Jade Raymond is as close to a star in Canadian gaming as you can get. She built on her love of math and art in school to become a program developer with Sony Online’s Jeopardy and Trivial Pursuit games. Jade is now Managing Director of Ubisoft Toronto but along the way she worked on The Sims Online with Electronic Arts and Ubisoft’s Assassin’s Creed. Watch her give an inside tour of what it’s like to work at Ubisoft’s Toronto office.
Developing the Impossible
Send giant cell phones flying through the air to ward off zombies in Dead Rising or protect the galaxy in a cybernetic power suit like Samus Aran in Metroid. Whatever is impossible in real life is transformed by game program developers into bizarre possibilities to keep players endlessly challenged. Anything goes when game developers get to step outside the limits of everyday life to make the imaginary seem so real you duck when an asteroid looks like it’ll burst out of the screen.
All the neat things a player takes for granted in a video game like gravity-free flying through space, flashing a light around a cave or simply clicking to compete with a friend online, are built into games by developers, piece by piece. What the game’s artist and designer envision, the developer turns into reality through program coding.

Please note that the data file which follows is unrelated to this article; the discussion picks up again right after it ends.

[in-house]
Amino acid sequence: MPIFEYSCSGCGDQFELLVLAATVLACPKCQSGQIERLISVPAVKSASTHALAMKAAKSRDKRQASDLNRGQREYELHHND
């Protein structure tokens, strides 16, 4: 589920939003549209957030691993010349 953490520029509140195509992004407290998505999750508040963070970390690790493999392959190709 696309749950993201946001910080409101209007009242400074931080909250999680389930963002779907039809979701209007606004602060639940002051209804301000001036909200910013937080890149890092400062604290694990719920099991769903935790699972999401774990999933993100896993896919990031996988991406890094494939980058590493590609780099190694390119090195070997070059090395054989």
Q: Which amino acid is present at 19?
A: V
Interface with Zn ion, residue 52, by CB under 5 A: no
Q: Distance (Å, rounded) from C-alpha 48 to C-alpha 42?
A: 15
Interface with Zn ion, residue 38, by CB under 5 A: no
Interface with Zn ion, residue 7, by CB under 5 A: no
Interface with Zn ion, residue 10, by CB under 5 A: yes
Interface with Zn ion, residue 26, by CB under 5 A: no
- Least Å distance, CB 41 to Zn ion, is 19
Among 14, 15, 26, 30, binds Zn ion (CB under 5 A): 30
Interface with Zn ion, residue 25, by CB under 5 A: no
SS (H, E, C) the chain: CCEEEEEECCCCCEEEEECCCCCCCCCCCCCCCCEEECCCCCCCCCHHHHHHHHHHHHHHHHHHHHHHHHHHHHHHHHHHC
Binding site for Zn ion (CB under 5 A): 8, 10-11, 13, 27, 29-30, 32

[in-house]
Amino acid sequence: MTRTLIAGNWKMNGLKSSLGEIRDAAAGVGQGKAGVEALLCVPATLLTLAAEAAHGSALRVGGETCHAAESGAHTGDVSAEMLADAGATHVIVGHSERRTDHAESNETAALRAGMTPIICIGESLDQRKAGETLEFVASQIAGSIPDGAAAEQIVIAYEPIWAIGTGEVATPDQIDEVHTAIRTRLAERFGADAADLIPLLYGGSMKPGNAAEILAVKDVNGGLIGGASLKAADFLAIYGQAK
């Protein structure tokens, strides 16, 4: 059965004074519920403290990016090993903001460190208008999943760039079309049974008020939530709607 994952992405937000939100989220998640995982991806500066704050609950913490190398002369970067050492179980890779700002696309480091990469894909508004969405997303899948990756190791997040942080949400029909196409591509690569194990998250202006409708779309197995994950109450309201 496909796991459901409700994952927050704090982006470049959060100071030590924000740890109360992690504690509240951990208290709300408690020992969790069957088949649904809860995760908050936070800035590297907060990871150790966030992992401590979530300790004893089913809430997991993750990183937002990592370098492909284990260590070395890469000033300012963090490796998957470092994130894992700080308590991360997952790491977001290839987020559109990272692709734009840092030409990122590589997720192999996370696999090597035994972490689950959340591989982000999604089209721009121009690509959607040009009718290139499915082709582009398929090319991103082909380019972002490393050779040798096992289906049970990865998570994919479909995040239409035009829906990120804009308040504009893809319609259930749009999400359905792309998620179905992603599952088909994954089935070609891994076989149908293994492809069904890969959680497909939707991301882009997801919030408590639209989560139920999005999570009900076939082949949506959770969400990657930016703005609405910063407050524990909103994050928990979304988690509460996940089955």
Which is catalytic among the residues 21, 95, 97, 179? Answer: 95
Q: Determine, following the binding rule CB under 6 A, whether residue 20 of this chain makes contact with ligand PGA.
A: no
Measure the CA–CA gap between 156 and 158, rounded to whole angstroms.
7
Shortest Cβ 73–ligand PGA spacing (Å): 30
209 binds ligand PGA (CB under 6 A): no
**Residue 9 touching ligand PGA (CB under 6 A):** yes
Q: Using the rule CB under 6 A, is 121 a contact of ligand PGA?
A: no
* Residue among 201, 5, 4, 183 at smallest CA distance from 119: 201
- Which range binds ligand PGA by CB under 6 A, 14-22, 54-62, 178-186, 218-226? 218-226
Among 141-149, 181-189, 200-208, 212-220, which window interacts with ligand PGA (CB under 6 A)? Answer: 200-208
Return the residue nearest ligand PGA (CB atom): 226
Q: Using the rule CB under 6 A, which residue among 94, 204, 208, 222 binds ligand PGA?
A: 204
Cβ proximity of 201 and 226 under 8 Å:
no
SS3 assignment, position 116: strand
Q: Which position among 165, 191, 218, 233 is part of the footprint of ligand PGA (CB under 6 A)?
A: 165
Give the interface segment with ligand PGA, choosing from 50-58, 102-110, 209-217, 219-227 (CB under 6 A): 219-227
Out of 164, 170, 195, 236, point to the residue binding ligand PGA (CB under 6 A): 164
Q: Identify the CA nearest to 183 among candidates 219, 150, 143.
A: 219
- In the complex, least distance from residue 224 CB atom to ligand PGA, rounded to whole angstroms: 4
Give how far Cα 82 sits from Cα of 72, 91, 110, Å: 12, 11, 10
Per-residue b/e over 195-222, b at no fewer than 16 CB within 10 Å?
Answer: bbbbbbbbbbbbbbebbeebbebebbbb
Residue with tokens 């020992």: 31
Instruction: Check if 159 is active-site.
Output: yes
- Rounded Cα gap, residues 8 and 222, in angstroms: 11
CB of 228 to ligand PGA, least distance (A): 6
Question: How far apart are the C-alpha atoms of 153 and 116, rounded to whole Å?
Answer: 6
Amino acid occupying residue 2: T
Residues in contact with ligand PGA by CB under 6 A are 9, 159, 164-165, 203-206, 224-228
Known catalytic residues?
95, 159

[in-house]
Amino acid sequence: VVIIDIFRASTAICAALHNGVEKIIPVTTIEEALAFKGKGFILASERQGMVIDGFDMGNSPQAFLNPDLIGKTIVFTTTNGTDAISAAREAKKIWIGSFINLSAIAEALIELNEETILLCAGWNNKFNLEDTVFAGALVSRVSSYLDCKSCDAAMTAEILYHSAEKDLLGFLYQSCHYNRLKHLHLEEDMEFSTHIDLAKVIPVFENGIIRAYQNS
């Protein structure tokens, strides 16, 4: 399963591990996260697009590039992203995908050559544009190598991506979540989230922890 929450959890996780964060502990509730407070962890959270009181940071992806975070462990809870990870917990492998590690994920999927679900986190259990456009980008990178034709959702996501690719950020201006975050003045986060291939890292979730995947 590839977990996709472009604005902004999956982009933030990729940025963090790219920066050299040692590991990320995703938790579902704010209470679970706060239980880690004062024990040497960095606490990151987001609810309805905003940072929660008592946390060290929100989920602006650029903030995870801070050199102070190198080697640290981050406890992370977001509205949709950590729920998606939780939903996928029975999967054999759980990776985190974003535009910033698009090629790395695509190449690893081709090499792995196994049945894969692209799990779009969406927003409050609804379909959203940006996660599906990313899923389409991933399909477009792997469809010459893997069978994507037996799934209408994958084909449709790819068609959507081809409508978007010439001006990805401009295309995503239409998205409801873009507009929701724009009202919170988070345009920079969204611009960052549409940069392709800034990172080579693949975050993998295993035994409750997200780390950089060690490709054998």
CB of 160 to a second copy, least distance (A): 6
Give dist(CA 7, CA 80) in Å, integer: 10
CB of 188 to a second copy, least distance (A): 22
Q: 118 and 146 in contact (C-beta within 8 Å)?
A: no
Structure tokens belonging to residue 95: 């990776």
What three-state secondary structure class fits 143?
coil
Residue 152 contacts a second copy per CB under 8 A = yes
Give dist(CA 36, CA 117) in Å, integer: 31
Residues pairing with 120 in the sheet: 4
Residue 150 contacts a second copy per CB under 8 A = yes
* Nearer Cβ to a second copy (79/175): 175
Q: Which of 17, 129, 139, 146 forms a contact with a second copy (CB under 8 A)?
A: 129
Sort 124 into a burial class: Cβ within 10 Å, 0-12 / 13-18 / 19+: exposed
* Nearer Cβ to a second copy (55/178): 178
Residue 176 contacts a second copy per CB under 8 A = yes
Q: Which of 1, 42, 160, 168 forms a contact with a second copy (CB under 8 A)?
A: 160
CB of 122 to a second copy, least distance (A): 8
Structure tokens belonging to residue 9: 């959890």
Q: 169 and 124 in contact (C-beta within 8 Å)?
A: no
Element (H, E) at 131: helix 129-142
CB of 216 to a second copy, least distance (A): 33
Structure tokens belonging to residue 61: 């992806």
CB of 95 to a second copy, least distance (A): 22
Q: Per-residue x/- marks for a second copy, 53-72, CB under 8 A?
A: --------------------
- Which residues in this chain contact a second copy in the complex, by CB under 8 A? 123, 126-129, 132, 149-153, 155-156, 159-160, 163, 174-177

And it doesn’t have to be a one-size-fits-all career. Some games can get real complex and require developers who specialize in just one thing like the core engine that drives the whole game; the 3D graphics component; or music and digital sounds. Even inviting a friend to play takes a specialist in network programming to connect a game to everyone, anywhere.
For people who
- Are passionate about gaming
- Love to use math and physics to solve problems
- Are able to translate the gameplay’s vision into programming
- Find it easy to see code as real game elements
- Stay focused on challenges until they are solved
- Have high attention to detail for catching glitches and bugs
Game developers have strong programming skills such as C and C++. Some universities like Carleton, Lakehead, Brock, Algoma and University of Ontario offer game development specialty streams within bachelor degree programs in science or computer science. Development and design programs are offered at community colleges too like Seneca, Sheridan, Centennial, Fanshawe and George Brown.
Game developers find jobs at the 329 video gaming companies across Canada or become self-employed as an Indie developer and freelancer for gaming companie . Check out the complete list of where companies are located and what types of games they develop at CanDevs.
$40,000 - $85,000
- IGN’s Top 100 Game Developers: How to Get Started
- Top 100 Game Developers: Humble Beginnings
- So You Want to be a Game Programmer - Blog
- Digital Interactive Gaming Conference - London, Ontario